UNIVERSITY graduates may have to wait until they are 70 before drawing a State pension, the man charged by the Government with drawing up plans to reform the system has suggested.

Adair Turner, head of the Government-commissioned Pensions Commission, said that lower-paid workers could still retire on a full pension at 65, to reflect their lower life expectancy.

In an interview in the The Sunday Times, Turner suggested the two-tier approach to reflect the fact that professionals live five years longer than lower social groups after retirement.

Turner, a former director-general of the CBI, told the newspaper: 'One of the sad facts is that although life expectancy is going up, it is going up least in lower socio-economic groups.

So we have to be sensitive to that when we put up the State pension age. For example, the person who starts work at 16 would be able to get something at 65. The person who went to university and started serious work at 23 is not going to get it until 70.'

He added: 'We have to be wary of saying 'Well, in order to get our numbers to add up without a further tax increase it (the State pension age) has got to be 70 in 2030, end of story'. It's too cavalier in relation to the life expectancy of people at the bottom end of the income scale.'

Shadow Work and Pensions Secretary, Sir Malcolm Rifkind, expressed serious reservations about Turner's suggestion. Rifkind said: 'Changing the entitlement depending on whether you went to university would not only be wrong in principle but almost certainly unworkable.'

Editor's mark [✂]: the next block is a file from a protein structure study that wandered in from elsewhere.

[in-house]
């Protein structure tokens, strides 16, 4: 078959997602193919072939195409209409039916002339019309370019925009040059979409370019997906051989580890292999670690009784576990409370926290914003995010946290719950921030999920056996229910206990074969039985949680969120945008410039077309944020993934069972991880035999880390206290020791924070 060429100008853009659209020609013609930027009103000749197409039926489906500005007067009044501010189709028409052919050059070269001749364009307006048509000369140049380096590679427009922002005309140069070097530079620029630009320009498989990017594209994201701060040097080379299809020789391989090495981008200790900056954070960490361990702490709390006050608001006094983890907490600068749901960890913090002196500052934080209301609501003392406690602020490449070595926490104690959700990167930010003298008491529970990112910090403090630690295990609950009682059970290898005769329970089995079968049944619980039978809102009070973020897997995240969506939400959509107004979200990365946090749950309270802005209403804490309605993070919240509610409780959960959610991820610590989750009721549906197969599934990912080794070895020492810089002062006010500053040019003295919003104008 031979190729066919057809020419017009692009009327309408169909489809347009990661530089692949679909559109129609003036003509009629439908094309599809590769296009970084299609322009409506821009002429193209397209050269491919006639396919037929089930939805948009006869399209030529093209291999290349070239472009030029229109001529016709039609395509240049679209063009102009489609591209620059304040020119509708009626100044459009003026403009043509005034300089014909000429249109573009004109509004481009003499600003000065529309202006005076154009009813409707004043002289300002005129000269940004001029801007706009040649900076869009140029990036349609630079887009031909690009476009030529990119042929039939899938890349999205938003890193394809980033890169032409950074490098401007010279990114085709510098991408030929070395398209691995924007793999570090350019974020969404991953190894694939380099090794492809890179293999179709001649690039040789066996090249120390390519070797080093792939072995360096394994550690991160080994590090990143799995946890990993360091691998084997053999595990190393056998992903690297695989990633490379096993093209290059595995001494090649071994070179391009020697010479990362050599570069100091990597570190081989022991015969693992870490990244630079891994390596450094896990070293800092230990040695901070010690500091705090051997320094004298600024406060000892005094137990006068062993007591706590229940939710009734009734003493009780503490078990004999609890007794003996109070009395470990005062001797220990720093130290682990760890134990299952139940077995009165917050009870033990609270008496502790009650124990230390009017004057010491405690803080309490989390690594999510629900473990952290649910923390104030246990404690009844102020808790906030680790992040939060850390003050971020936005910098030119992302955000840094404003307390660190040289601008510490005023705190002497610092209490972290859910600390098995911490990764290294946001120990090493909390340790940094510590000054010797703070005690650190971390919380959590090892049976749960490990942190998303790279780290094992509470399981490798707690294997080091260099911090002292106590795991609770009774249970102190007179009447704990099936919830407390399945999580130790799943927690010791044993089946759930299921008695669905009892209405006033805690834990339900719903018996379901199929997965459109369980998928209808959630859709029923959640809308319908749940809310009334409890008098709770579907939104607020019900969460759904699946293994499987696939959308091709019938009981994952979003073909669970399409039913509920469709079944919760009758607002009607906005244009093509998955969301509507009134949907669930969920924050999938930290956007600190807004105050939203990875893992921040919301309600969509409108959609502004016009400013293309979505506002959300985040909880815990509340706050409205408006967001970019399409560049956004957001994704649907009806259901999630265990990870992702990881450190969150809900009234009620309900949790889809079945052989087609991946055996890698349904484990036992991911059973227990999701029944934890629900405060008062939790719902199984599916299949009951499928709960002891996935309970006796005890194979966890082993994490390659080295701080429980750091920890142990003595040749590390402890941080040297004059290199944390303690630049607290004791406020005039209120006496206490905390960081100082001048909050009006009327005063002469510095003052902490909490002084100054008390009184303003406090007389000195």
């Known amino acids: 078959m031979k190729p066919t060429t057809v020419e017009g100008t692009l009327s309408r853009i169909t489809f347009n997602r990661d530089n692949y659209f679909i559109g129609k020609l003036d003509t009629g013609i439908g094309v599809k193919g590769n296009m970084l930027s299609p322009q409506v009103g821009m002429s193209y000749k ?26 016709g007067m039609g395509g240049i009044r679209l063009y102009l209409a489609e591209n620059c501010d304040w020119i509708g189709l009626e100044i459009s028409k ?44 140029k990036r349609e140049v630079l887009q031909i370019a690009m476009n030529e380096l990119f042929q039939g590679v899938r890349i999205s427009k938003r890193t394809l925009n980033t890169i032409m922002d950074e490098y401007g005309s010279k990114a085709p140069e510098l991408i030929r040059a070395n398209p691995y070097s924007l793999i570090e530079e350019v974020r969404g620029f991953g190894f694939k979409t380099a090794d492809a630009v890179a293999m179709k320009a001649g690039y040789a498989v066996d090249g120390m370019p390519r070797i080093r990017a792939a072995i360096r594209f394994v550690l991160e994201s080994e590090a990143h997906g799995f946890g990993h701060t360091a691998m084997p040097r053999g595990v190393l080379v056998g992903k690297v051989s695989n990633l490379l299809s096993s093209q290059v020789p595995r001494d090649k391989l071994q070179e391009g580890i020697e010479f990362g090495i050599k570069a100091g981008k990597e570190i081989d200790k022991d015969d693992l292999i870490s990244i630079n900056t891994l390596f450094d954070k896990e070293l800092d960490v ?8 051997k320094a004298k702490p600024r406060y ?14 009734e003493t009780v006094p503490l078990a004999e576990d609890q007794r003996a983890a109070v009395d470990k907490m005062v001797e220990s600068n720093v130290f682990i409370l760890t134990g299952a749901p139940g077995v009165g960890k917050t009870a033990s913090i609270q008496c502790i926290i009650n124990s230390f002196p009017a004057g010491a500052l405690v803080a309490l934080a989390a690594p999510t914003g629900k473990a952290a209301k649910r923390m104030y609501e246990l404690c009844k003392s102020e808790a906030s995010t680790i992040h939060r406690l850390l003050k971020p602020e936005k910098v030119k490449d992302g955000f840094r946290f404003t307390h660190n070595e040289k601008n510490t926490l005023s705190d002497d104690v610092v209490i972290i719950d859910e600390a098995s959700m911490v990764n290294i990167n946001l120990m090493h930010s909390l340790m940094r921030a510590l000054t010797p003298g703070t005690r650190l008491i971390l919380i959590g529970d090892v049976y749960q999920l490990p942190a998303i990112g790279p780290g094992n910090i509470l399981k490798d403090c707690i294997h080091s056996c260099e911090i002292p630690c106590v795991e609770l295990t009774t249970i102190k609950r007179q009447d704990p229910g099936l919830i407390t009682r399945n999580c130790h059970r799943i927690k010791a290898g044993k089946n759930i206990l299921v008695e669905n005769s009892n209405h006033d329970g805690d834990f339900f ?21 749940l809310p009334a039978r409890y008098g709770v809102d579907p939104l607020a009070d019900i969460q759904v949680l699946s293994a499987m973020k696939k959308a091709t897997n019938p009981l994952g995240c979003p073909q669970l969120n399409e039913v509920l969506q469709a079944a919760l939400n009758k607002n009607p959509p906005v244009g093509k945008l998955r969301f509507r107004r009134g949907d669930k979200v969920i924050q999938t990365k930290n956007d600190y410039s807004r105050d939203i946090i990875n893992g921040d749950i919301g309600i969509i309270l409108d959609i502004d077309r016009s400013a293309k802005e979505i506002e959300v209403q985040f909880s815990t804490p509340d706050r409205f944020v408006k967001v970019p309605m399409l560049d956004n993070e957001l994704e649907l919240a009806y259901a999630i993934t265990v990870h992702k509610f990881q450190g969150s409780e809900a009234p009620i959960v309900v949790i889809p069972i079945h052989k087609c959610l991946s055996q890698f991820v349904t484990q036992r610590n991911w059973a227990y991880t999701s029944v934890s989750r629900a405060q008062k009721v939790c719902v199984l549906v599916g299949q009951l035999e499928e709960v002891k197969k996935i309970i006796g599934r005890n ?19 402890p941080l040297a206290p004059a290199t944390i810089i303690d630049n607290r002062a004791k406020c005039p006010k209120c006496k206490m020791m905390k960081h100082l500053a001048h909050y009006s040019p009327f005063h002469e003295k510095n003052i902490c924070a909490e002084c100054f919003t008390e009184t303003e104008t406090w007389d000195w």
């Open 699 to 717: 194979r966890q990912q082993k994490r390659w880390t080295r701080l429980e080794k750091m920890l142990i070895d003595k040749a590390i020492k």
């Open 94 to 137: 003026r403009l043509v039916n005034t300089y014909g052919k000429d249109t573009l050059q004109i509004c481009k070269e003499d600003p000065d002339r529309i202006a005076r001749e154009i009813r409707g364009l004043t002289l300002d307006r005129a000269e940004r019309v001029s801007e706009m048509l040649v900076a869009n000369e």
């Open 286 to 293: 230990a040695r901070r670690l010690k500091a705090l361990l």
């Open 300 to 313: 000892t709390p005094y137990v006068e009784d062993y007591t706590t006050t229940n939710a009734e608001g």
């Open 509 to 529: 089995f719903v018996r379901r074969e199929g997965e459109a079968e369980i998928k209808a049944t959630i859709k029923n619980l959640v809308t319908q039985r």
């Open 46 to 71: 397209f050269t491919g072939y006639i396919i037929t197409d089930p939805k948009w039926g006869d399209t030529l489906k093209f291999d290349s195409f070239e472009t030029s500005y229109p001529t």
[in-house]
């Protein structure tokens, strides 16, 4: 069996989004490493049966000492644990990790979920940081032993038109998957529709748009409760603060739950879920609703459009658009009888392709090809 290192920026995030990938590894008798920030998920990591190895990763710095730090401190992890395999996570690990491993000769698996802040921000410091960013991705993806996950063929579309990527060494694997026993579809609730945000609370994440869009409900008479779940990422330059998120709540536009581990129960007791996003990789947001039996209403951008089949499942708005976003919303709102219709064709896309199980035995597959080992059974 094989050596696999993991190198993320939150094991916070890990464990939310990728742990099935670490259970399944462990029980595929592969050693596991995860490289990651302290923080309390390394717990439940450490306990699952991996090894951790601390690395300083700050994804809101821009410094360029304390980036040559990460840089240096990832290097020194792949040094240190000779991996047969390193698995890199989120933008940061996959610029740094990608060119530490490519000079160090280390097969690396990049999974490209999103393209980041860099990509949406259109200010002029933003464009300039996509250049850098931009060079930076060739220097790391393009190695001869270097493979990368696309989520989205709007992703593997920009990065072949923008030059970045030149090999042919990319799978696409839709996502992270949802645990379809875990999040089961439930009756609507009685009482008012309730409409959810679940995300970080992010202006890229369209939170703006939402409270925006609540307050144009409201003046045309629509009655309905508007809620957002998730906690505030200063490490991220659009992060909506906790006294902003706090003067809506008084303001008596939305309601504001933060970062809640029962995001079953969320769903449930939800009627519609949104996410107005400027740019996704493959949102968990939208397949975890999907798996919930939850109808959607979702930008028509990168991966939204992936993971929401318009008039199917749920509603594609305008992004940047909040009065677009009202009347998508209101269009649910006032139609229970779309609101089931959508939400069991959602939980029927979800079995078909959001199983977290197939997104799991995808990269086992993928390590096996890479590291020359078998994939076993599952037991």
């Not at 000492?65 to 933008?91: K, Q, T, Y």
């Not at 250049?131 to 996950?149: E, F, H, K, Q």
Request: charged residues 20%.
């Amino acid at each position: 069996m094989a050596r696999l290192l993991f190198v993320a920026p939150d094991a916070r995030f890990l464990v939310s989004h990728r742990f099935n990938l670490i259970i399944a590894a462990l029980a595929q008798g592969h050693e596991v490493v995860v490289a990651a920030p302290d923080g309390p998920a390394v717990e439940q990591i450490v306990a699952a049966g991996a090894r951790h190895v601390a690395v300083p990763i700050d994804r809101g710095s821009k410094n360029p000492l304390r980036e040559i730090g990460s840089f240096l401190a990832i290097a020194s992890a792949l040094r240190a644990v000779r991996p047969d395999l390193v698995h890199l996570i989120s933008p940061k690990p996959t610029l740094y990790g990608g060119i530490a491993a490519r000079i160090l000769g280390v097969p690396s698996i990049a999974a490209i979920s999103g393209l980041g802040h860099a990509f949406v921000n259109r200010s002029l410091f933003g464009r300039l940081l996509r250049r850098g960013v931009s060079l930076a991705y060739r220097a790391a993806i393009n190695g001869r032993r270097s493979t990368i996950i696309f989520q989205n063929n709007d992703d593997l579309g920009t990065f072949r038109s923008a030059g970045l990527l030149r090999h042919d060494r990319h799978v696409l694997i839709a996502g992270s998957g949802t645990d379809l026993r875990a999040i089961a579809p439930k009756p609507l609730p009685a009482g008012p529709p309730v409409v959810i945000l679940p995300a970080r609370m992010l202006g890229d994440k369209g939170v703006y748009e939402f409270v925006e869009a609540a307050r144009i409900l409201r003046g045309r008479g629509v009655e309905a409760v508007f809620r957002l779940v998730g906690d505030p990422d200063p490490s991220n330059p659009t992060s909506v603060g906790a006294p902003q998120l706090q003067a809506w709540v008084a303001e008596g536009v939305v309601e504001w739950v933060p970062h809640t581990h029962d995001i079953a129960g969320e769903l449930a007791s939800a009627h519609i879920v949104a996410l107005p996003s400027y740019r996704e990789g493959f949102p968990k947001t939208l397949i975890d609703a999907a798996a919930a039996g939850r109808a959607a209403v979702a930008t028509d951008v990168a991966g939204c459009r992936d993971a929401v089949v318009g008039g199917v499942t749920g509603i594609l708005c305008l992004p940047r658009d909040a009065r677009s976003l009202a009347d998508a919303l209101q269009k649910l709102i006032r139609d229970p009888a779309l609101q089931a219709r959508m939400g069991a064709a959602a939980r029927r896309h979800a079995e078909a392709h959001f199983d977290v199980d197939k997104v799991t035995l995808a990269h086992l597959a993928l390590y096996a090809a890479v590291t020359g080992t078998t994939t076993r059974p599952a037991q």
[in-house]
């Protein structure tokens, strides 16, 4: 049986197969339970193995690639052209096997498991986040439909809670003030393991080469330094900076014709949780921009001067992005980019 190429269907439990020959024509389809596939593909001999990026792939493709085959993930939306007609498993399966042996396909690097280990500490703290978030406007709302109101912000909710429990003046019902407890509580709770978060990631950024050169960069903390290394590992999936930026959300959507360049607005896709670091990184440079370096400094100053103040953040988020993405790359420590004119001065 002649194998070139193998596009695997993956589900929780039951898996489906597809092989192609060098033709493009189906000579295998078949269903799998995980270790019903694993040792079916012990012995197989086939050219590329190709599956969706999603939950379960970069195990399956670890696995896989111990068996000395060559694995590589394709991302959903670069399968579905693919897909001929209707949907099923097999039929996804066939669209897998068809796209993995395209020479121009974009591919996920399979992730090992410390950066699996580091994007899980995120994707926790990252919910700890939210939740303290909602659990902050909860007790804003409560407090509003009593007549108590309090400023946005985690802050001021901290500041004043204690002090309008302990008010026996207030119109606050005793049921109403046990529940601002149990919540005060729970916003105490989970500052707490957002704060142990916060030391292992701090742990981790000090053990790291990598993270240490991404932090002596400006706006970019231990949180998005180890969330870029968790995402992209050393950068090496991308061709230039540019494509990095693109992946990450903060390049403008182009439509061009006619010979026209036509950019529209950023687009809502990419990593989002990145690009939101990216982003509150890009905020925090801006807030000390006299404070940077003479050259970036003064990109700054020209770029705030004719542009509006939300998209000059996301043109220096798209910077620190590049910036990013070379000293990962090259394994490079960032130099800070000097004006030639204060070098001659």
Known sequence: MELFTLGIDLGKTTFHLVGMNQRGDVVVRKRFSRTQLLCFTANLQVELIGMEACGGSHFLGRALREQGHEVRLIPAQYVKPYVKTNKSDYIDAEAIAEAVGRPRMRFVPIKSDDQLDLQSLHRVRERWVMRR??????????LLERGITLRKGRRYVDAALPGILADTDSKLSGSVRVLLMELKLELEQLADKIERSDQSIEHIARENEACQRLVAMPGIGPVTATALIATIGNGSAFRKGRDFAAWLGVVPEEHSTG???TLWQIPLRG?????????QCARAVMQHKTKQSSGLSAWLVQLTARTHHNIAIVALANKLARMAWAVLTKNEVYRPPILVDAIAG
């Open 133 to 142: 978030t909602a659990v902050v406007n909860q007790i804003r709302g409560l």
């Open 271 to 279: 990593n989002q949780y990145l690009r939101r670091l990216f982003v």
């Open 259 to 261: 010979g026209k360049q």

Well there you have it folks. If you wanted to live longer you should have stuck in at school...............unlike the rest of us who like to live for today and spend, spend, spend!
Being logical about this, there is plenty of evidence going back years that suggests that those in "white-collar" work-traditionally that which required a degree-live longer after retirement than those who were in manual jobs.

Sorry, can't get too worked up about this one.

(PS- does this apply to those of us who took our degrees while working full-time and attending to family commitments, or just you layabouts who did full-time studying in your callow youth :wink: )
It won't work, for two reasons:

Firstly, it will impact on a large minority of the population. There might have been a tenuous moral case two decades ago about pointing to the financial and lifestyle benefits of the 10% or so of the population who were graduates. Nowadays, the aim is to get 50% of the population through university or college, many of whom will earn the same or less than those without degrees, and most of whom don't enjoy the state-funded degree courses that Liabour politicians did in the 70s.

Secondly, everyone with a degree will sue under human rights legislation because the proposal is discriminatory.
Another new labour disincentive to work hard.

Just take the easy road and we'll look after you. :roll:

Similar threads

Latest Threads